By AsiaToday reporter Jina Koh – Will Hong Kong be China in 2047?
A wheel of fortune was set up at the Lunar New Year fair in Victoria Park in Hong Kong. It featured the faces of potential candidates for Hong Kong's next leader who will assume office in July. It was installed by the pro-democracy Civic Party.
As the wheel of fortune cannot determine the fate of Hong Kong, neither can Hong Kongers decide their own fate. And the city's Millennials cry out, "It's fake democracy."
The Civic Party's Alvin Yeung pointed out in an interview with the New York Times on Jan. 27. that whichever candidate the wheel picks, none of them will be the real choice because the upcoming election is not a genuine one.
Previously on Tuesday, nomination of candidates for Hong Kong's chief executive race began in the city. The 1,194 members of the city's election committee will nominate candidates until March 1. An entrant needs 150 nominations from the committee to qualify for the race, and 601 votes to win in the election on March 26. Once approved by the Chinese government, the winner will officially take office in July.
The next Hong Kong leader will be elected via indirect election. Hong Kong citizens do not have the right to vote. At the Chinese National People's Congress (NPC) in August 2014, the Chinese government pronounced that Hong Kong must accept an indirect election system for the chief executive. According to Chinese authorities, the candidates should be "patriots supported by more than half of the nominating committee members." In other words, it's the Chinese leadership who has the right to choose.
Although China justifies itself by promising Hong Kong citizens' direct election system after nominating candidates from the 1,200-member nominating committee, it's obvious that the next chief executive will act as a puppet of China.
China's decision virtually ignored the basic law that guarantees Hong Kong's direct election system, which eventually led to the Umbrella Revolution that shocked the world.
Hong Kong fears its destiny of being fully integrated to China in 2047. The Umbrella Revolution was the outlet for young Hong Kongers to overcome that fear. Citizens, including students, came out on the streets to protest against China's decision.
The demonstration led to the emergence of pro-independence parties and new faces (who are primarily Millennials) calling for the city's right to self-determination.
Hong Kong's youngest lawmaker Nathan Law, who was a key student leader of the Umbrella Revolution and later became the chairperson of political party Demosisto, emphasized the pursuit of self-determination after being elected last year.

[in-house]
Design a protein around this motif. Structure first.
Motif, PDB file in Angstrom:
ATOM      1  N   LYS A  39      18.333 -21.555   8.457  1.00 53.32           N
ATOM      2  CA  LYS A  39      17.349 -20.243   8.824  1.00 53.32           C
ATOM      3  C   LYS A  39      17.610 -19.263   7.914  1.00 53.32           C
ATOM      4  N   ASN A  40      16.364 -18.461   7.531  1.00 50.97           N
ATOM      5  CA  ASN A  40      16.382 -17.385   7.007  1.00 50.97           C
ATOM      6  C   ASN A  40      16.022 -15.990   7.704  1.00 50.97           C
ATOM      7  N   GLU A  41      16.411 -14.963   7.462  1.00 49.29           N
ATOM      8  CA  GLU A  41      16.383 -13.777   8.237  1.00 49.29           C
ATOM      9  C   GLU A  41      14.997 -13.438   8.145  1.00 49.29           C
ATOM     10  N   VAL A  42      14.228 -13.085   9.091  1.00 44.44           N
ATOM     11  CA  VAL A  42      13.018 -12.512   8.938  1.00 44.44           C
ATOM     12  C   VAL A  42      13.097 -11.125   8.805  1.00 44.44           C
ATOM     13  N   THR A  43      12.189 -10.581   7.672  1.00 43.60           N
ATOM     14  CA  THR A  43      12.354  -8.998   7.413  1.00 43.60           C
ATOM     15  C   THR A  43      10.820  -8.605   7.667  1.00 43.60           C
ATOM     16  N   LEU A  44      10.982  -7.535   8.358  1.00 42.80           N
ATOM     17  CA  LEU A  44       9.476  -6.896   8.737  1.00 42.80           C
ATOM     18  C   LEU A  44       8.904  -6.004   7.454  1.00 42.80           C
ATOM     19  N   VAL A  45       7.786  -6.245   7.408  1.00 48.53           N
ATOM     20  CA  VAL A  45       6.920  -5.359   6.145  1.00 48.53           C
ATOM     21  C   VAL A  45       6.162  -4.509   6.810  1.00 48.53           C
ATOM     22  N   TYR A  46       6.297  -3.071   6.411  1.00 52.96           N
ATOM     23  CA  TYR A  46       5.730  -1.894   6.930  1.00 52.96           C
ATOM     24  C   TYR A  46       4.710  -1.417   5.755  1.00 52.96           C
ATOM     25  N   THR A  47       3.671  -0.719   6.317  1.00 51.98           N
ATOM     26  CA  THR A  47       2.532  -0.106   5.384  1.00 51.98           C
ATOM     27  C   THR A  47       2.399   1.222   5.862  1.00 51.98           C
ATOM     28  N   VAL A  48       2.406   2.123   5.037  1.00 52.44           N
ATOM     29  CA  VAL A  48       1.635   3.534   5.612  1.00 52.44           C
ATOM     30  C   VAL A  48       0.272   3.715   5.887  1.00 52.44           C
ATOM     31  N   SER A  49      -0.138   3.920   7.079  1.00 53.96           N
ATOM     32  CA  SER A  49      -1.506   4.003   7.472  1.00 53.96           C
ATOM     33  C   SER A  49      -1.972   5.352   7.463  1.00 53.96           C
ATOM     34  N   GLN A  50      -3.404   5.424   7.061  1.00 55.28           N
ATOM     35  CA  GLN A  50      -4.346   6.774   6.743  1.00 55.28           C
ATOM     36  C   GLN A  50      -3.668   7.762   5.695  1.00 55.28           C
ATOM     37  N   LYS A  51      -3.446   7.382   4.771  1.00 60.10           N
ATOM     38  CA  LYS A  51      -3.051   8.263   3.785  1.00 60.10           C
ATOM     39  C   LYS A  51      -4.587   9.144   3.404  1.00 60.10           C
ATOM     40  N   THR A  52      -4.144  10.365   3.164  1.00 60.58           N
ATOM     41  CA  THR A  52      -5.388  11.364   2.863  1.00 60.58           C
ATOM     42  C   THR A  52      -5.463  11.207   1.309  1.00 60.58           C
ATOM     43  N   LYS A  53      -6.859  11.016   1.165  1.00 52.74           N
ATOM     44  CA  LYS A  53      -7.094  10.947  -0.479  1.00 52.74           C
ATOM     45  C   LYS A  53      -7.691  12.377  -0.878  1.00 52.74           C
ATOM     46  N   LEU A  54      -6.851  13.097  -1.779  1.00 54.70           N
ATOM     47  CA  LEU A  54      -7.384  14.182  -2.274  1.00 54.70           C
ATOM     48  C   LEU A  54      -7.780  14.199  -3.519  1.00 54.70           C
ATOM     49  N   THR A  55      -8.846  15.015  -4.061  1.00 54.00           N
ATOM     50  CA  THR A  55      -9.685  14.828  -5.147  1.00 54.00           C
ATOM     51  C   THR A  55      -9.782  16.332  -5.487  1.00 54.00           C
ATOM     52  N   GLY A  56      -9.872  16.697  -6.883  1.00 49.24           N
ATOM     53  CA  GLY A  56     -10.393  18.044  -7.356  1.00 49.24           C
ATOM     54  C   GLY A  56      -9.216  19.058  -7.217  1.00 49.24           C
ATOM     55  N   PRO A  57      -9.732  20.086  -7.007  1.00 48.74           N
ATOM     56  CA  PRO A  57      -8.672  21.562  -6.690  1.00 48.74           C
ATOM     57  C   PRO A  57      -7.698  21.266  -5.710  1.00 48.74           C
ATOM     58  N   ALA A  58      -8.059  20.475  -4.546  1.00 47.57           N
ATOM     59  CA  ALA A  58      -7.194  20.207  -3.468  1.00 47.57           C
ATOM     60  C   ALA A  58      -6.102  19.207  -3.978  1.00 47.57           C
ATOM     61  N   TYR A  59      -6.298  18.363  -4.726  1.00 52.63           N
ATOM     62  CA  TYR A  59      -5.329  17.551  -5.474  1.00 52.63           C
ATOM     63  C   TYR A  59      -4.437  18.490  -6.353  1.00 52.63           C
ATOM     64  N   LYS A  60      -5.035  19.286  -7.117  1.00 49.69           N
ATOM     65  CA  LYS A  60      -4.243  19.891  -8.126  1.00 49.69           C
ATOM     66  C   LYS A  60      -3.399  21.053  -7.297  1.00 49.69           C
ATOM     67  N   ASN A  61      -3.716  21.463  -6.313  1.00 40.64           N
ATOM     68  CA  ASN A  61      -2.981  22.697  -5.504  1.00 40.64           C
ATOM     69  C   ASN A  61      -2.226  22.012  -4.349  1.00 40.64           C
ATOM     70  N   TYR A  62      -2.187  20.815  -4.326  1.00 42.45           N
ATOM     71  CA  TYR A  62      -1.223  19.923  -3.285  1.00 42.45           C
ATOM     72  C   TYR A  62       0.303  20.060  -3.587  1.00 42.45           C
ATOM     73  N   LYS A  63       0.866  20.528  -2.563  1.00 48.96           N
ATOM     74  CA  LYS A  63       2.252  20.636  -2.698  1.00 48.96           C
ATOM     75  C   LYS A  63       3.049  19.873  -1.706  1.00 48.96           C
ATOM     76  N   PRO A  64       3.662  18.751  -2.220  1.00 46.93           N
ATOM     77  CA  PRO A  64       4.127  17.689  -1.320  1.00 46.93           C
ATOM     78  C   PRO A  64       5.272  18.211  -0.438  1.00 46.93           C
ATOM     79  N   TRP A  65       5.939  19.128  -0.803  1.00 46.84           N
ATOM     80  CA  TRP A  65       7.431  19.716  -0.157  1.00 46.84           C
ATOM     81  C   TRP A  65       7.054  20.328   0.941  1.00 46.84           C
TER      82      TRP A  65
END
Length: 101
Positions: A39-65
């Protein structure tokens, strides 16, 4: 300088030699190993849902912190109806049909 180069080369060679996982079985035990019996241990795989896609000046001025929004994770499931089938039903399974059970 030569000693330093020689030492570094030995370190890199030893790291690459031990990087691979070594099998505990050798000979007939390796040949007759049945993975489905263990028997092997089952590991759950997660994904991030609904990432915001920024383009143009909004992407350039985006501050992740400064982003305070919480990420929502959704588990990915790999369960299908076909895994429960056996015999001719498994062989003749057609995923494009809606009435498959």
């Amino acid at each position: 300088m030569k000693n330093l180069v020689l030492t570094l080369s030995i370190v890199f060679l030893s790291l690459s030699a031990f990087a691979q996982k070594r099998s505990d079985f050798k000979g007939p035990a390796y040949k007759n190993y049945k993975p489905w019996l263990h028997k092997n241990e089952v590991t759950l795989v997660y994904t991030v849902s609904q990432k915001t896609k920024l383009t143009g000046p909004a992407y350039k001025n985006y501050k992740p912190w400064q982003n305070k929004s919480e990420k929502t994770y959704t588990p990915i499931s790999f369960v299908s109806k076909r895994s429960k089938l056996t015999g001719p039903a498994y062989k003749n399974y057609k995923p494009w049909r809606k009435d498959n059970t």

"I'm not advocating independence, I'm advocating Hong Kong people should enjoy their rights of self-determination," he said. His goal is to push for a referendum to decide Hong Kong's sovereignty status in 10 or 20 years. He also revealed that he will fight against the communist party.
The desire to seek sovereignty just like Mr. Law is more prominent among young people. According to a survey conducted by the Chinese University of Hong Kong (CUHK) in July 2016, more than 17% of poll respondents supported independence for Hong Kong when its 50-year "one country, two systems" agreement expires in 2047. However, the figure was nearly 40% in the 15-24 age group.
The Hong Kong government, under the interference of the Chinese government, is controlling such movement. Last year, the government won the lawsuit seeking to disqualify two pro-independence legislator-elects Sixtus Baggio Leung and Yau Wai-ching who pledged to safeguard the interests of the Hong Kong people with a banner stating "Hong Kong Is Not China" at their swearing-in. The two lawmakers appealed to the court, however the High Court dismissed their appeal.
The court also slapped student leaders Nathan Law, Joshua Wong, and Alex Chow with the charge of participating in an unlawful assembly in August last year. They appealed against the court's decision, and the court hearing will begin in May.
In fact, Hong Kong is a humiliating historical scene for China. After losing the Opium War, China handed over Hong Kong Island to Britain. Under British rule, the island grew to become one of the most democratic cities in Asia.
The "one country, two systems" concept is merely a perfunctory system for Hong Kong people. They are doubtful about this system that claims to allow Hong Kong's autonomous right. If the candidate chosen by the Chinese authorities becomes Hong Kong's chief executive, China's Hong Kong intervention would worsen even further and the city would be fully controlled by China in 2047.
It is highly unlikely that the pan-democratic camp will win in the election. Pro-democracy groups that has some 320 election committee members could take a strategic choice by selecting an opposition-friendly candidate as the next best plan.
The wave of Chinese socialism is inevitable. Hong Kong is in the midst of changing political ideology. When Deng Xiaoping agreed to practice the "one Country, two Systems" policy in 1997, he sought coexistence of political ideas between China and Hong Kong. However, China has no reason to maintain socialism and even adopt the concept of capitalism in order to stick to Hong Kong's democratic method that revived the economy. As long as Hong Kong is under the control of Chinese socialism, the power of the judiciary and freedom of speech will obviously disappear.
2047 is the year in which the “one country, two systems” principle expires. Will Hong Kong's democracy survive in 2047?